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Myanmar Rohingya refugees blocked at Bangladesh border

20 August 2017 10:33


Coast guard spokesman Sheikh Fakhr Uddin said on Saturday that the deported refugees included women and children who had reported harsh treatment by Myanmar’s security forces and Buddhist vigilante groups.

“We found two injured among 18 men, along with nine women and four children. But we had to send them back,” Fakhr Uddin said, adding that the boat transporting the Rohingya refugees on the Naf river, on the border between Bangladesh and Myanmar, had 31 people on board when it was sent back.

Since a renewed crackdown began against Muslims in Rakhine months ago, the Rohingya have increasingly tried to enter the bordering Cox’s Bazar, a district in southeastern Bangladesh where nearly 400,000 refugees are living in squalid camps and makeshift settlements.

Bangladesh has always regretted the increase in arrivals, saying the country is no longer capable of hosting the refugees.

The coast guard’s decision to send back the refugee boat comes after at least 500 Rohingya fled their villages in Rakhine and crossed the border into Cox’s Bazar. It also comes after reports said Myanmar had sent reinforcement to Rakhine, a move which has sparked fresh concerns about more anti-Rohingya violence in the area.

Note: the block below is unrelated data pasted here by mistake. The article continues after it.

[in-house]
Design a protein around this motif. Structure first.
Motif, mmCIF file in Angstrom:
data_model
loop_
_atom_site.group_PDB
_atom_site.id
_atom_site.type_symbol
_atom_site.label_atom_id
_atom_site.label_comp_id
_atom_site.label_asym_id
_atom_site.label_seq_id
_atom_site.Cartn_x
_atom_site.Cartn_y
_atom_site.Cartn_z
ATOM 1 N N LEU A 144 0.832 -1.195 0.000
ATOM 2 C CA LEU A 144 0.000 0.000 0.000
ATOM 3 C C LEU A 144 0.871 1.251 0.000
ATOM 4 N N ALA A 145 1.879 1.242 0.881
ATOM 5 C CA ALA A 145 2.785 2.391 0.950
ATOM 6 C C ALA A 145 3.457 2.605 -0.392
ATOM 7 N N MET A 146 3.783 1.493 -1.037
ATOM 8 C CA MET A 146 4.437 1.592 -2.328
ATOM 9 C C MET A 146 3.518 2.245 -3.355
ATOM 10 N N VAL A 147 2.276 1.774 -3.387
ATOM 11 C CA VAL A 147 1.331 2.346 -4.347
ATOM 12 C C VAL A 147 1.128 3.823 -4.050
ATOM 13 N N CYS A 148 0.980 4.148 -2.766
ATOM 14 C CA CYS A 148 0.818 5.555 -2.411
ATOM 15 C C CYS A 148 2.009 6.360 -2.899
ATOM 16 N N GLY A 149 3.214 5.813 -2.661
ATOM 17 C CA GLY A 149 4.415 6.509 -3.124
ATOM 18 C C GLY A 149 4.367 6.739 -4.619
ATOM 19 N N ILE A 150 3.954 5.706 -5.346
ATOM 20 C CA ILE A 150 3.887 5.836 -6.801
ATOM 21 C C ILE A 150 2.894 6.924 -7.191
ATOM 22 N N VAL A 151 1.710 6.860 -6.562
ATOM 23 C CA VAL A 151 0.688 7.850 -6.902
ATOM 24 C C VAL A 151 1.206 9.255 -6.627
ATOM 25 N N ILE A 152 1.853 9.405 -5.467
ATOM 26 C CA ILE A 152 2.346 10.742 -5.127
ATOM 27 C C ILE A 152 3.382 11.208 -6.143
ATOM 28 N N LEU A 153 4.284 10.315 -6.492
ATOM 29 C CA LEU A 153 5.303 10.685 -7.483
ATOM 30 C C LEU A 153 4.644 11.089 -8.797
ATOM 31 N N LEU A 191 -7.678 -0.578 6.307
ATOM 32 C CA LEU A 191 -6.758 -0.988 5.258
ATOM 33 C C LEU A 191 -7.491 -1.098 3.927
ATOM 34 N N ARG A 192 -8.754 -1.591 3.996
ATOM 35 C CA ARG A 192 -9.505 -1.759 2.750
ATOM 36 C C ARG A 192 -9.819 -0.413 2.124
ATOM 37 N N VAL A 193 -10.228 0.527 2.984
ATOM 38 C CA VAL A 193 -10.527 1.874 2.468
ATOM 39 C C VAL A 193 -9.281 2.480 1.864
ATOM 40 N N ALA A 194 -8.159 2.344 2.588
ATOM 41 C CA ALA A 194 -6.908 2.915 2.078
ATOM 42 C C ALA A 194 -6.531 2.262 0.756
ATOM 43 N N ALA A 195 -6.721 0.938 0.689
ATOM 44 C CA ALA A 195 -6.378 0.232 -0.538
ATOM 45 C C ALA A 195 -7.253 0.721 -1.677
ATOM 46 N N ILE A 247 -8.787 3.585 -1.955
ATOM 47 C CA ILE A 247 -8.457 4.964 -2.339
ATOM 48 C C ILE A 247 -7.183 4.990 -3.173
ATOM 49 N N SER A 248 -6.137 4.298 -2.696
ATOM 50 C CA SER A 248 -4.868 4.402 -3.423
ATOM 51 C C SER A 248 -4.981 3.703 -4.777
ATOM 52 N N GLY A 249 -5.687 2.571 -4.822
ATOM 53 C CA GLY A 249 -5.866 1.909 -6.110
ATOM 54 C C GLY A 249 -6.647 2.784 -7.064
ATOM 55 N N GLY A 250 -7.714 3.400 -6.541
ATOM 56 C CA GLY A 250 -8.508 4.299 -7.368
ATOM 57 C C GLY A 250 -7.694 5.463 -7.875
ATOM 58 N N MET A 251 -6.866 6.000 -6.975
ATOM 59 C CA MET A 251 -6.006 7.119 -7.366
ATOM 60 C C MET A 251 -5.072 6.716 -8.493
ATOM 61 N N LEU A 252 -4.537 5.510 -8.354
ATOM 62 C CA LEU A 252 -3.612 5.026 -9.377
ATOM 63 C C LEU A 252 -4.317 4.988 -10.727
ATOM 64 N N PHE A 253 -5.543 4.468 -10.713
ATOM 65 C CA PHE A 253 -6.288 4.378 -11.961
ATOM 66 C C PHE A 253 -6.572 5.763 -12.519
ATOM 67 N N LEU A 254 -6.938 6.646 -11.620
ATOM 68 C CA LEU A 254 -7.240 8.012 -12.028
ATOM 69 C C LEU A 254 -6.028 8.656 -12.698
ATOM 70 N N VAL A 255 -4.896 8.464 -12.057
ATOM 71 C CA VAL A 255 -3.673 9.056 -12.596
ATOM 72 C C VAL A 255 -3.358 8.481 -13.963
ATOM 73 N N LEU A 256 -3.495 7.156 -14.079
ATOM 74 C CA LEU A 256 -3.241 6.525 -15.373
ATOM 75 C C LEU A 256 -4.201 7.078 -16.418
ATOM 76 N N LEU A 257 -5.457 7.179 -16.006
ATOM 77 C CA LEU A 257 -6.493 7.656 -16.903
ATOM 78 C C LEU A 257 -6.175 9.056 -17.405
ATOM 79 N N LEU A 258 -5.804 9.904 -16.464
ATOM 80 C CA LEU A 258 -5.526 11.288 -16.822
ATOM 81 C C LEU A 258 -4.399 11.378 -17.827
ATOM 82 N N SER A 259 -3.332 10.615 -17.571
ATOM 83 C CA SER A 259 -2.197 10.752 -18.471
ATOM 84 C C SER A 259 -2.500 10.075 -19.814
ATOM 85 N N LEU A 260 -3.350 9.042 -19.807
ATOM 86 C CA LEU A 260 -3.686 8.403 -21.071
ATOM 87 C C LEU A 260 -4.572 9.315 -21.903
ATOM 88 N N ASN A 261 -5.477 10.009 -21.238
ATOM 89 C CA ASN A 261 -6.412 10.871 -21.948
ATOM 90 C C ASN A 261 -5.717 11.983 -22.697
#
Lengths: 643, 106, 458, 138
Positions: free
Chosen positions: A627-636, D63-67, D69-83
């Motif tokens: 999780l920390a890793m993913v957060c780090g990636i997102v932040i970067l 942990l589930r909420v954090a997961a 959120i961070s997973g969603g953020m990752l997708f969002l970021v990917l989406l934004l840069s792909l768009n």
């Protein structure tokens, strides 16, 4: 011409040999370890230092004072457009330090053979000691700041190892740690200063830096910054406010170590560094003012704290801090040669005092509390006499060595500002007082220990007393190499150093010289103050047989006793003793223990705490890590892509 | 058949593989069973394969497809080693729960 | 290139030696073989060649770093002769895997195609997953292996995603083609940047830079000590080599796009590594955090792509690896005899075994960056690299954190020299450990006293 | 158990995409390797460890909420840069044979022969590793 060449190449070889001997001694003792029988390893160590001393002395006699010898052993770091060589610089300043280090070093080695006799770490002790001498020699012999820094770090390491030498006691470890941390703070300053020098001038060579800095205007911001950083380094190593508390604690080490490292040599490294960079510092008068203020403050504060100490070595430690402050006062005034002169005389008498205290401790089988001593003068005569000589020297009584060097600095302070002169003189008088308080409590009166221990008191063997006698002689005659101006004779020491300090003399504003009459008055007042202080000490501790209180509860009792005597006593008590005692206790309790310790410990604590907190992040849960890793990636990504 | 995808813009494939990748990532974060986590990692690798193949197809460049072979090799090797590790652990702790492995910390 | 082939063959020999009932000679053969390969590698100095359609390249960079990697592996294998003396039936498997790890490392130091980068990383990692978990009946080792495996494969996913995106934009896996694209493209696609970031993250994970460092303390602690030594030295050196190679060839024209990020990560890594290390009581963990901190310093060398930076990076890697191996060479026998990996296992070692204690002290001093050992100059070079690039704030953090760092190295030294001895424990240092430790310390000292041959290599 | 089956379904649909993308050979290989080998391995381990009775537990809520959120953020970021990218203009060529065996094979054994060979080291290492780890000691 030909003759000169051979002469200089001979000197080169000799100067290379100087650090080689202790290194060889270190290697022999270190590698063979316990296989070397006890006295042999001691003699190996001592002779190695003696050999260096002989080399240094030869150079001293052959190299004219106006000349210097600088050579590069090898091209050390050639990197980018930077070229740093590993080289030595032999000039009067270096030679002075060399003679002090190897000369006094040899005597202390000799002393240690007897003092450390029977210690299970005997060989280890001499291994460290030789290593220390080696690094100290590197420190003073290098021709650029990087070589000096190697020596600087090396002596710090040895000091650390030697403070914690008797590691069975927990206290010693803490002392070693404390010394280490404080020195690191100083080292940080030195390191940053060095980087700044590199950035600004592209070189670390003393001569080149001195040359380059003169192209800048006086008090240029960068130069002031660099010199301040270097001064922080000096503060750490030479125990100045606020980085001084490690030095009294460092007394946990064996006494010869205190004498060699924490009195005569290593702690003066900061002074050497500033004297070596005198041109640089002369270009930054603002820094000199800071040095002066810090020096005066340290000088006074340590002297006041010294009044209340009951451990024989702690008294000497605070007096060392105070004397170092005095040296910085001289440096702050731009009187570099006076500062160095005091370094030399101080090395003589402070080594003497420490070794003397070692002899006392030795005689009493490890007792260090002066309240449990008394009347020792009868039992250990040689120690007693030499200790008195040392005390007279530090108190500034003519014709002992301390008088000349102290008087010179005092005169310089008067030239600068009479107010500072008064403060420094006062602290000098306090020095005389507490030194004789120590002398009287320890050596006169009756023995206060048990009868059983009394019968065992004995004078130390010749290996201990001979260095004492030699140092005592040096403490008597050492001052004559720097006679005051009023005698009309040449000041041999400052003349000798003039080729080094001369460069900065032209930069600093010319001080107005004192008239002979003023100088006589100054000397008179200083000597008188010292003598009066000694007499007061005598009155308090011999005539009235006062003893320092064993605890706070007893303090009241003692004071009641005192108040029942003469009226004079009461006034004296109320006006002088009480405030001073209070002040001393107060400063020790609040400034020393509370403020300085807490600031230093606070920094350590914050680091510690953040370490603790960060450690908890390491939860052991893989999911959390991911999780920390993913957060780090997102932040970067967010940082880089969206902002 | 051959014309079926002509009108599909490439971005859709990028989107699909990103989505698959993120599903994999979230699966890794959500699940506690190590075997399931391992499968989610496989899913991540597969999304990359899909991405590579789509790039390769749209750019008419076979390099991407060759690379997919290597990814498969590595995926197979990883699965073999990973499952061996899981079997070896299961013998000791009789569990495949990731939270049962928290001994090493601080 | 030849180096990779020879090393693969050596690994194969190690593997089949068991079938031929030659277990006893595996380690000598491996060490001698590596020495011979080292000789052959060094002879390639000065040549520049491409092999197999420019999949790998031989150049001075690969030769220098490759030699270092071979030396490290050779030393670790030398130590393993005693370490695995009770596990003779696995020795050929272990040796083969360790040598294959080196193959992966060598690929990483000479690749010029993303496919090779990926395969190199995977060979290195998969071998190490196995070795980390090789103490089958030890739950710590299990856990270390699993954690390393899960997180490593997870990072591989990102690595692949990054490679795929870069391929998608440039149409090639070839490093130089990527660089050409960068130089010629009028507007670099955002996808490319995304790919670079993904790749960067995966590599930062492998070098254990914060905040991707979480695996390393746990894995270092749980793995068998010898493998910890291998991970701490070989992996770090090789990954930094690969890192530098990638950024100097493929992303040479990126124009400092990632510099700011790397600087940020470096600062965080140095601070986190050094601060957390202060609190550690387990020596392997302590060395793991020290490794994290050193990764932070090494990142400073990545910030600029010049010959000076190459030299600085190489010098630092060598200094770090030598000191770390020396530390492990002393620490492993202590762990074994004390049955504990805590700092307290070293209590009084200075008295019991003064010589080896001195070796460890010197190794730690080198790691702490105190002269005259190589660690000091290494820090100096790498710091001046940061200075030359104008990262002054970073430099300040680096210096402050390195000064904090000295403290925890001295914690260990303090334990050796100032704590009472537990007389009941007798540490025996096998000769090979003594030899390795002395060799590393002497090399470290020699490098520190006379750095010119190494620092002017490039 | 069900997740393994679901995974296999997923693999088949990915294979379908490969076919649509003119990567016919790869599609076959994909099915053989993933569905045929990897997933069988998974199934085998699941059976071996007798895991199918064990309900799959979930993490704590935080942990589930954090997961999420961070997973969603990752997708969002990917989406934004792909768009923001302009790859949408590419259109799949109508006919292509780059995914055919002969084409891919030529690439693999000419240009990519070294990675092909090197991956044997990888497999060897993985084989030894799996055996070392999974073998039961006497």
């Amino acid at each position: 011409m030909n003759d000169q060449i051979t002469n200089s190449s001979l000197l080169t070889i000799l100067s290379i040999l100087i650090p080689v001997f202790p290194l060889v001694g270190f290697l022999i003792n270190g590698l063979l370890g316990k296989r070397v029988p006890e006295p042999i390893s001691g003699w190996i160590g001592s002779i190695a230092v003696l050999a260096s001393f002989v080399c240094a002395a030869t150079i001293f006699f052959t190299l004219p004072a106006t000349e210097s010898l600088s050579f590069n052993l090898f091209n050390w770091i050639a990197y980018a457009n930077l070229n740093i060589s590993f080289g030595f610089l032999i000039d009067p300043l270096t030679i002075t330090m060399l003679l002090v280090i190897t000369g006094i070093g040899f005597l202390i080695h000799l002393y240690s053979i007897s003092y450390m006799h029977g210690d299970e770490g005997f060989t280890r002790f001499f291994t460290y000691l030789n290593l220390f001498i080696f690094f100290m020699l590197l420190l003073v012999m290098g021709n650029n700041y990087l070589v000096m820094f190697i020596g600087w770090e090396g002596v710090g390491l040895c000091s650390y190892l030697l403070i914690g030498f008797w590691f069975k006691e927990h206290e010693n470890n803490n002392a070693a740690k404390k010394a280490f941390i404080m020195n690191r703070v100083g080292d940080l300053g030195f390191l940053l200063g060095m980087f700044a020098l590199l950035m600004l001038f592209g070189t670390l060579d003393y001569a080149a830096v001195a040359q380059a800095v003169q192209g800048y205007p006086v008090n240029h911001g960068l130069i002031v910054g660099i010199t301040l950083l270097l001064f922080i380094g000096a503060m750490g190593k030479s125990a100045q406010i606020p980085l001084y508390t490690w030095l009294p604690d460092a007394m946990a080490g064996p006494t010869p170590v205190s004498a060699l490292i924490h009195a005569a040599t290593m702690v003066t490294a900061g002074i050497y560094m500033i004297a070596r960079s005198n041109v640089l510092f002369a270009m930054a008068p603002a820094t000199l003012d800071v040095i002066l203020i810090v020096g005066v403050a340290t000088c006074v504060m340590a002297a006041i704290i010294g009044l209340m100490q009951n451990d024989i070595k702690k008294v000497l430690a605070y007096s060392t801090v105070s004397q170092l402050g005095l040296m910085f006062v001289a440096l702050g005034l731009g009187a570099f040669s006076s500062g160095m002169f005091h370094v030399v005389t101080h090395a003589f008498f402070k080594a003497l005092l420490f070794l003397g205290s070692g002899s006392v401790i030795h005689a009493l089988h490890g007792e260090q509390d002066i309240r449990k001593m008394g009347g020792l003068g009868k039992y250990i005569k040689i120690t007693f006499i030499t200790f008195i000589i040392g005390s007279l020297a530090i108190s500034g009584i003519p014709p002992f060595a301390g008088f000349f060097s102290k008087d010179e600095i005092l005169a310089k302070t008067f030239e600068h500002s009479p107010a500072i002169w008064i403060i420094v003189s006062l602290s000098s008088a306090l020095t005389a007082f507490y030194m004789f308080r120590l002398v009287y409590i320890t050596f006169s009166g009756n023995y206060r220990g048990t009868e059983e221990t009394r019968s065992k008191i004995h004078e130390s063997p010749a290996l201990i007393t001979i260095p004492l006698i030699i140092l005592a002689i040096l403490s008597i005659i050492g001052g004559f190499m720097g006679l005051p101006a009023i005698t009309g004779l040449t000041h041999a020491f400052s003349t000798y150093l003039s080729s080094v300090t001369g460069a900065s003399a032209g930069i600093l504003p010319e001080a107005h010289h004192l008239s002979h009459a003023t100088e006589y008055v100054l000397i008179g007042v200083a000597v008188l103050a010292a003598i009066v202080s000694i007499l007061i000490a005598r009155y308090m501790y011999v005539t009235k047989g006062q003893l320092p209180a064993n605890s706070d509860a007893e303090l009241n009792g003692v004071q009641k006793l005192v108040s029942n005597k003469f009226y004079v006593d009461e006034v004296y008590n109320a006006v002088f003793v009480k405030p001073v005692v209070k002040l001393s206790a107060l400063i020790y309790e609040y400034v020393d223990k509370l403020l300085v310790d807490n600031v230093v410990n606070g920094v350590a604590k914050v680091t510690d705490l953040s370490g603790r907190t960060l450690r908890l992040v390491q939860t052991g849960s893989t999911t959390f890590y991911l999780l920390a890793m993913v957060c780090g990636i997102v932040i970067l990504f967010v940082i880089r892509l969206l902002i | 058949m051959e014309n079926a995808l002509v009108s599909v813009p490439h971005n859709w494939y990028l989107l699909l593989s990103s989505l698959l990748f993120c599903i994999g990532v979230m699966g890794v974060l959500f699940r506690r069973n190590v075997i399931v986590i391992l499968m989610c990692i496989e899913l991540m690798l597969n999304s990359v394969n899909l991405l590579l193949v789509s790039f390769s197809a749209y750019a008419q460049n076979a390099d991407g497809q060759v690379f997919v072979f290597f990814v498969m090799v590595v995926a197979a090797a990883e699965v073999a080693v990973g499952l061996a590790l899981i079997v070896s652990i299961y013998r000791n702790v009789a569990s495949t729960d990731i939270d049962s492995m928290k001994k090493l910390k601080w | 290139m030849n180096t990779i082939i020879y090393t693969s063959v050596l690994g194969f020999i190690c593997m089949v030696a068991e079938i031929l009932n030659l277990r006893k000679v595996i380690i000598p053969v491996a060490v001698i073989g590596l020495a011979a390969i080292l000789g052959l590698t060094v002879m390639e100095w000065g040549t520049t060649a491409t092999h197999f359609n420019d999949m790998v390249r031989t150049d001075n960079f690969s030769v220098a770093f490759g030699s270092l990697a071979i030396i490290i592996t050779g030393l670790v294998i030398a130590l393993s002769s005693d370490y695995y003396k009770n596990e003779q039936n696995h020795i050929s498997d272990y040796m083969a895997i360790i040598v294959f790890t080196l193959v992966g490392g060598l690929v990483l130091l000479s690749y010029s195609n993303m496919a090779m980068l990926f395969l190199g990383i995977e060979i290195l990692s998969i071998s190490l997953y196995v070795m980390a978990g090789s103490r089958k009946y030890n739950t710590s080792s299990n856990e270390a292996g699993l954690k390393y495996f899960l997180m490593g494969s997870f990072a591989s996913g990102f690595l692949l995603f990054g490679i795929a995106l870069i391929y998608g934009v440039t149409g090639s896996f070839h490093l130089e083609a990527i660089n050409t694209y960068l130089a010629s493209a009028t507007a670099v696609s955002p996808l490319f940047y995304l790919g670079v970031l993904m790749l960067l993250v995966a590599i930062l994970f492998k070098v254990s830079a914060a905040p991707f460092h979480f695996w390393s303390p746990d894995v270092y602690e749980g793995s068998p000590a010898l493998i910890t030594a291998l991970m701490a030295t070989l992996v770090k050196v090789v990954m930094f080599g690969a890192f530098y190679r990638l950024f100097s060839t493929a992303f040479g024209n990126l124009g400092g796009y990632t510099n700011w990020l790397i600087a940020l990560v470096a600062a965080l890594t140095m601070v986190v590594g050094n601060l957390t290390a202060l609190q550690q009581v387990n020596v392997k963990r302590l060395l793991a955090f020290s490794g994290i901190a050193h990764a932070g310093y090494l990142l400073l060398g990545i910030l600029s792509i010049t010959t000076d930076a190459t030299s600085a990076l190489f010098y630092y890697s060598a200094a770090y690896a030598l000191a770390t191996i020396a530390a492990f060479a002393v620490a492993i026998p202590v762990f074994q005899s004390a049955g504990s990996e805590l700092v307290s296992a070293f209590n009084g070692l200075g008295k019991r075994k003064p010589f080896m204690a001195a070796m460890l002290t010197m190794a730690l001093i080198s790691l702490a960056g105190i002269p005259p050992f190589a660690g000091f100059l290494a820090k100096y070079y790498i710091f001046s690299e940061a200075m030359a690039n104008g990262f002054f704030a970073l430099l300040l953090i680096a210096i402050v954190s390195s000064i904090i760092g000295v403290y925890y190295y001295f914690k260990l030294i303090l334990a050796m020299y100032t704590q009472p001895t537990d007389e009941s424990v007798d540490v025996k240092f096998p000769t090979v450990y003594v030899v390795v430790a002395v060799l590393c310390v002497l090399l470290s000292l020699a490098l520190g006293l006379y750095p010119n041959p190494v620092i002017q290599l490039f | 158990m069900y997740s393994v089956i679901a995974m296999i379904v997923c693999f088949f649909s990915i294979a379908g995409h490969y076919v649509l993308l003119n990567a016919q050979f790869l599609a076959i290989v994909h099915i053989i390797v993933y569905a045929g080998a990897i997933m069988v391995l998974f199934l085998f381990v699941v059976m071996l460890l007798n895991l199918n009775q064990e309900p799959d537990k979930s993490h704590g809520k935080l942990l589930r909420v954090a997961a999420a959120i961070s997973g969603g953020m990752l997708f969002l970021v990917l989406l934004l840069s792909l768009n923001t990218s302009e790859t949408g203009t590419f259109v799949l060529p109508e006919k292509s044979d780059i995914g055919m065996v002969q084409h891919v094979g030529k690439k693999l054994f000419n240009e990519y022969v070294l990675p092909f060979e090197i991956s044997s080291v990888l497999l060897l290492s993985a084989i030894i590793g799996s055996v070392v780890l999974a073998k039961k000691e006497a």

“We have beefed up our patrol on the Naf as (Myanmar) army is gathering in the bordering villages, which may prompt them (Rohingya) to try coming to Bangladesh,” Fakhr Uddin said.

The United Nations has yet to designate Myanmar’s crackdown on Muslims as ethnic cleansing, which the UN says could have been an issue since the arrival of more than 70,000 Rohingya villagers into Bangladesh last October. UN Special Rapporteur Yanghee Lee said recently that he was worried about reports that a Myanmar army battalion had flown into Rakhine to help the local security apparatus, adding that it could trigger more violence and further complicate the situation.

Rohingya Muslims, a community of more than a million people, have been denied citizenship and access to basic rights as the Buddhist-majority country views them as intruders from neighboring Bangladesh. The Rohingya reject claims about their origins and say their ancestors have lived in the area for decades.

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